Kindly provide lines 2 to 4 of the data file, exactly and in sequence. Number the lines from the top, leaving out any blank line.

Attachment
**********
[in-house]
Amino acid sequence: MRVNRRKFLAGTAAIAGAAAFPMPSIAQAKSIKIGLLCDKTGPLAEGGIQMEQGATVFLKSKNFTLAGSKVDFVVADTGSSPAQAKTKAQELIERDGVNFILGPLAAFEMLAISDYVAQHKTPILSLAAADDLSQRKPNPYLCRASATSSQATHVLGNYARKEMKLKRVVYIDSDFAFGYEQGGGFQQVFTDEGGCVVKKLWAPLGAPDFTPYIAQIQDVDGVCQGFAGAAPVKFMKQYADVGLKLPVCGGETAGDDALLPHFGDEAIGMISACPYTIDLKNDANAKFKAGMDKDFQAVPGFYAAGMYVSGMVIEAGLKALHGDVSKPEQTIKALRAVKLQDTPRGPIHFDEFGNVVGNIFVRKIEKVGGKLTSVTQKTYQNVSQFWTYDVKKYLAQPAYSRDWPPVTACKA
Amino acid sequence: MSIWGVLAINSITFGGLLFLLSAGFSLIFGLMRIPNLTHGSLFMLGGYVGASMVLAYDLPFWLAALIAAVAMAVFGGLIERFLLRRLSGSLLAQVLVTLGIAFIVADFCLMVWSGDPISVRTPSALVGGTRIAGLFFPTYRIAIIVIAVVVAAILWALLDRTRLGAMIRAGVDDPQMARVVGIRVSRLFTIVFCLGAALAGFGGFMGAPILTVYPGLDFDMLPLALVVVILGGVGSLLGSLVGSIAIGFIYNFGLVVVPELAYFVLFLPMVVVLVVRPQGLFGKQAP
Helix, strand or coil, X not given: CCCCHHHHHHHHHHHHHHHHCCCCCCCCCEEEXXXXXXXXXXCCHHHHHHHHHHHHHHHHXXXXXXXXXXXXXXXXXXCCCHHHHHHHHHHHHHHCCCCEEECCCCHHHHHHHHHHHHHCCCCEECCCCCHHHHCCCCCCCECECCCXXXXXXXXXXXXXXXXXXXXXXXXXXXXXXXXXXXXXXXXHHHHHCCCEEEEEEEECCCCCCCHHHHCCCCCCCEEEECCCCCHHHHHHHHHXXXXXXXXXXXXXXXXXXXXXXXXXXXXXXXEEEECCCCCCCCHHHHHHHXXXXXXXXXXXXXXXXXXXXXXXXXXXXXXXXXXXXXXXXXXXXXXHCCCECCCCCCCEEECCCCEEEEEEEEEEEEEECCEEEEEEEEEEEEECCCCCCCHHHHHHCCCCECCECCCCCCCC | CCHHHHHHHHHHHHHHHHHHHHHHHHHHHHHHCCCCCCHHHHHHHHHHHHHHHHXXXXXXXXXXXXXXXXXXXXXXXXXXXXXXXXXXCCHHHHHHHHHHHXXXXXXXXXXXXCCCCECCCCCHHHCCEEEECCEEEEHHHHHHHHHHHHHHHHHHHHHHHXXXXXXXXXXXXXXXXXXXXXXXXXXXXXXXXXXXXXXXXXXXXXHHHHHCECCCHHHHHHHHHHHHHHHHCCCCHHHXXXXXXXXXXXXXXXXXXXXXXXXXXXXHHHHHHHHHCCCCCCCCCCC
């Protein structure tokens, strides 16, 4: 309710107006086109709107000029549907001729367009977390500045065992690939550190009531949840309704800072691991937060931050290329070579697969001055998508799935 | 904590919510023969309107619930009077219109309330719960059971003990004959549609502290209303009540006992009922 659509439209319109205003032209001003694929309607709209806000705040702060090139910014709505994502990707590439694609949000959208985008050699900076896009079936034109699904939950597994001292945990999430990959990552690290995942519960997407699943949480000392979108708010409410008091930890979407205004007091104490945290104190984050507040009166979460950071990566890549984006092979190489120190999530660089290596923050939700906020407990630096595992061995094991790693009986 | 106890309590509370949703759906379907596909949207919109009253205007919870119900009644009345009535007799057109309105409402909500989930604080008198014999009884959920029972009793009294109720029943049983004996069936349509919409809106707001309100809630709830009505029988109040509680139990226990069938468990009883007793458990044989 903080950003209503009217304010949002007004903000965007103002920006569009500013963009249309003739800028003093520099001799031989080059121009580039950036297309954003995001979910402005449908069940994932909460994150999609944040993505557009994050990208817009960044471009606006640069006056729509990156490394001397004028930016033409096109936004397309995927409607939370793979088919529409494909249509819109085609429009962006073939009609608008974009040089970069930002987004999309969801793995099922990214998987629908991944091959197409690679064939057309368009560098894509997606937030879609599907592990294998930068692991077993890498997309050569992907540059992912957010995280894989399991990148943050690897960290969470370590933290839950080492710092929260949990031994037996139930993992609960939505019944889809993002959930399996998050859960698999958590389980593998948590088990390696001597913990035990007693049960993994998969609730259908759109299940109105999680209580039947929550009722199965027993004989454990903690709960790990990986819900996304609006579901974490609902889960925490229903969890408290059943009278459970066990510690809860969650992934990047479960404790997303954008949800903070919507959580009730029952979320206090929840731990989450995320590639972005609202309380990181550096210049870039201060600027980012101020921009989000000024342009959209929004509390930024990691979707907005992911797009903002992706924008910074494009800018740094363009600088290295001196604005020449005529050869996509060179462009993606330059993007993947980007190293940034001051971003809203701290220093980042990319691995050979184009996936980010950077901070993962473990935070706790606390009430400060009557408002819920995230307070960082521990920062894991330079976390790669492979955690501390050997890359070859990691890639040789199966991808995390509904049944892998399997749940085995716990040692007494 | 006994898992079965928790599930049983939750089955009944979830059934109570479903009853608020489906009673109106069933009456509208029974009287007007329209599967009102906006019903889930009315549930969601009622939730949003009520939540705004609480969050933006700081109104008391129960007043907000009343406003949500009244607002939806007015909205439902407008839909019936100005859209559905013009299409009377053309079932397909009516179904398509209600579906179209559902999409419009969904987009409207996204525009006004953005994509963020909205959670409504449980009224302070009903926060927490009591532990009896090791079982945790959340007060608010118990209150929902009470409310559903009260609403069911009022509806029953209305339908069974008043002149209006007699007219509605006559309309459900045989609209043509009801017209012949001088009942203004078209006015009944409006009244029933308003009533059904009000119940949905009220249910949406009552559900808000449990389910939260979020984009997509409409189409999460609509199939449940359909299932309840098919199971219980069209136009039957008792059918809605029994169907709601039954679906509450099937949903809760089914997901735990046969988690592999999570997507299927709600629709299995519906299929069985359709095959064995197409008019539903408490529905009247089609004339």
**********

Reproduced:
Amino acid sequence: MRVNRRKFLAGTAAIAGAAAFPMPSIAQAKSIKIGLLCDKTGPLAEGGIQMEQGATVFLKSKNFTLAGSKVDFVVADTGSSPAQAKTKAQELIERDGVNFILGPLAAFEMLAISDYVAQHKTPILSLAAADDLSQRKPNPYLCRASATSSQATHVLGNYARKEMKLKRVVYIDSDFAFGYEQGGGFQQVFTDEGGCVVKKLWAPLGAPDFTPYIAQIQDVDGVCQGFAGAAPVKFMKQYADVGLKLPVCGGETAGDDALLPHFGDEAIGMISACPYTIDLKNDANAKFKAGMDKDFQAVPGFYAAGMYVSGMVIEAGLKALHGDVSKPEQTIKALRAVKLQDTPRGPIHFDEFGNVVGNIFVRKIEKVGGKLTSVTQKTYQNVSQFWTYDVKKYLAQPAYSRDWPPVTACKA
Amino acid sequence: MSIWGVLAINSITFGGLLFLLSAGFSLIFGLMRIPNLTHGSLFMLGGYVGASMVLAYDLPFWLAALIAAVAMAVFGGLIERFLLRRLSGSLLAQVLVTLGIAFIVADFCLMVWSGDPISVRTPSALVGGTRIAGLFFPTYRIAIIVIAVVVAAILWALLDRTRLGAMIRAGVDDPQMARVVGIRVSRLFTIVFCLGAALAGFGGFMGAPILTVYPGLDFDMLPLALVVVILGGVGSLLGSLVGSIAIGFIYNFGLVVVPELAYFVLFLPMVVVLVVRPQGLFGKQAP
Helix, strand or coil, X not given: CCCCHHHHHHHHHHHHHHHHCCCCCCCCCEEEXXXXXXXXXXCCHHHHHHHHHHHHHHHHXXXXXXXXXXXXXXXXXXCCCHHHHHHHHHHHHHHCCCCEEECCCCHHHHHHHHHHHHHCCCCEECCCCCHHHHCCCCCCCECECCCXXXXXXXXXXXXXXXXXXXXXXXXXXXXXXXXXXXXXXXXHHHHHCCCEEEEEEEECCCCCCCHHHHCCCCCCCEEEECCCCCHHHHHHHHHXXXXXXXXXXXXXXXXXXXXXXXXXXXXXXXEEEECCCCCCCCHHHHHHHXXXXXXXXXXXXXXXXXXXXXXXXXXXXXXXXXXXXXXXXXXXXXXHCCCECCCCCCCEEECCCCEEEEEEEEEEEEEECCEEEEEEEEEEEEECCCCCCCHHHHHHCCCCECCECCCCCCCC | CCHHHHHHHHHHHHHHHHHHHHHHHHHHHHHHCCCCCCHHHHHHHHHHHHHHHHXXXXXXXXXXXXXXXXXXXXXXXXXXXXXXXXXXCCHHHHHHHHHHHXXXXXXXXXXXXCCCCECCCCCHHHCCEEEECCEEEEHHHHHHHHHHHHHHHHHHHHHHHXXXXXXXXXXXXXXXXXXXXXXXXXXXXXXXXXXXXXXXXXXXXXHHHHHCECCCHHHHHHHHHHHHHHHHCCCCHHHXXXXXXXXXXXXXXXXXXXXXXXXXXXXHHHHHHHHHCCCCCCCCCCC